According to Ira Nathanson’s model made in 1992, there are four main aspects of the response to humiliation. Facing a situation as this one can respond with withdrawing. In this case, the person approves the message of shame as valid and due to the negative experience, gets discouraged and he is trying to escape the situation. In the movie, Whiplash Fletcher’s idea of achieving greatness is always through sacrifice. One who is responding to shame with withdrawal can’t be the new Charlie Parker. The example I was using to show the difference between embarrassment and humiliation is also a good example of a withdrawing response to shame.
The second possible response is attacking the self. This is when due to the negative experience of shame one turns their anger inside. The worst outcome of this scenario is depression. This is what happens in the fatal case of Sean Casey, Fletcher’s ex-student. The best possible outcome is preventing this negative experience from happening again. The motivation here is to avoid shame by performing better after self-criticism. Unlike during the process of withdrawal where reoccurrence is prevented by quitting.
One’s response can be to attack others. In this case, the person trying to avoid shame by denying it and pushing it onto others to justify by other persons feeling inferior. Here is an example from Whiplash, where Fletcher is trying to give the part to Andrew’s rival.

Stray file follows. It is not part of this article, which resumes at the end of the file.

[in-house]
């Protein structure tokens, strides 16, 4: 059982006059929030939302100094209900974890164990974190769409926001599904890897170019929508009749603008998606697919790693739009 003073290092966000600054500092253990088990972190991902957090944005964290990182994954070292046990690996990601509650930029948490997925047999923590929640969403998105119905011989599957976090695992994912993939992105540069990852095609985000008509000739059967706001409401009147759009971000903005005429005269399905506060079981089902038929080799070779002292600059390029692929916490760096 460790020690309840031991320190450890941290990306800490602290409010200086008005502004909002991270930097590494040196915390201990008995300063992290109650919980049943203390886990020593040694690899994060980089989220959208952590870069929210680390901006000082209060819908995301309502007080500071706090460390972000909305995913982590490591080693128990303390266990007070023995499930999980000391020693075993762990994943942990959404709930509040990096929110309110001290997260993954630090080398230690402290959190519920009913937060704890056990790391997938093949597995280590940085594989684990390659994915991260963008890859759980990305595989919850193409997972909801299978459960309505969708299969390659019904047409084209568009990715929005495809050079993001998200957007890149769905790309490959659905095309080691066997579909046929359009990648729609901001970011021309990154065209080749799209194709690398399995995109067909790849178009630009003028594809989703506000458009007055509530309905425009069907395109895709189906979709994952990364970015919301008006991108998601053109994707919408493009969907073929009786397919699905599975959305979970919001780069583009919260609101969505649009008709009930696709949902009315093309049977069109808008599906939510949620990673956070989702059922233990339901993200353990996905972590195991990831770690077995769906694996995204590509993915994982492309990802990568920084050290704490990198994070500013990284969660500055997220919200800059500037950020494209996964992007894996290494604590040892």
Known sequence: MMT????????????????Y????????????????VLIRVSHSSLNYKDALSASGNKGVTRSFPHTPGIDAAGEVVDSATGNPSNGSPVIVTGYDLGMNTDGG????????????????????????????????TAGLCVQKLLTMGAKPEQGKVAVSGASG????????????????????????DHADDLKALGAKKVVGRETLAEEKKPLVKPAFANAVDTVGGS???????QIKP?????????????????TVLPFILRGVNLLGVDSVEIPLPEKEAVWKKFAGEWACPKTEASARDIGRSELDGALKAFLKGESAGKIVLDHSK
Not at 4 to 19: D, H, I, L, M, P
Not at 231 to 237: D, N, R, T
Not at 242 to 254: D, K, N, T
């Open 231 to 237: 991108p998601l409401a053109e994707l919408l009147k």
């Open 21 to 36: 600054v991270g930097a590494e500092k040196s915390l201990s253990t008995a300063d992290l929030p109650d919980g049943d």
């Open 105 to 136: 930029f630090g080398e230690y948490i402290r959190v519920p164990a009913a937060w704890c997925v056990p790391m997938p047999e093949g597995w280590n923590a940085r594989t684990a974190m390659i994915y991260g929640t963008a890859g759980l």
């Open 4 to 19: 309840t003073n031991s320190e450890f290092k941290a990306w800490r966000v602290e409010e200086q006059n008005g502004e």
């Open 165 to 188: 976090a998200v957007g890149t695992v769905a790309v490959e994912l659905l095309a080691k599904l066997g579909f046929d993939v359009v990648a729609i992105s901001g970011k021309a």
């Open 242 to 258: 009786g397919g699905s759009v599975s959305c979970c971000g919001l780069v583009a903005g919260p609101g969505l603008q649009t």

Andrew: I earned that part.
Terence Fletcher: You never earned anything. God, you are a self-righteous prick. The only reason you are a core is because you misplaced a folder. The only reason you’re in studio band to begin with is because I told you EXACTLY what I’d be asking for in Nassau! Am I wrong?
Andrew: Yeah, yeah. I’m in studio band because I’m the best player…
Ryan: [interrupts] Hey, why don’t you just back off, bro?
Andrew: Hey, you know, fuck off, Johnny Utah! Turn my pages, bitch!
Ignore or avoidance
The last answer to humiliation is ignoring it. Of course, this could never happen in the psychology of Whiplash, but we can see many examples during professional games. The strategy of the victim here is that he is not accepting shame as a negative feeling and decide not to be conscious about it. Maybe they make a joke of the shameful event or just move along without being bothered.
Conclusion on motivation by humiliation in sports in the movie Whiplash
Most of the answers of humiliation are not favorable regarding the performance of the victim. That’s why reading online sportsbook news sites in the US we can find many cases where players (most likely fighters) are trying to humiliate their competitor. But it has some very different aspects if a coach is using this for motivation.
Of course, I am not justifying the methods of Terence Fletcher, neither does the movie Whiplash. The reason why this film is so incredible is that it leads the audience into a contradiction. While we all reject the methods of Fletcher, somehow they validate during the catharsis of the movie. But it’s still a question if Andrew was achieving in terms of art and music or he was just wasting all his motivation to impress a psycho. If you’d like to read more about motivation through humiliation in sports I suggest this great psychological research by Julie Partridge and Jeff Elison.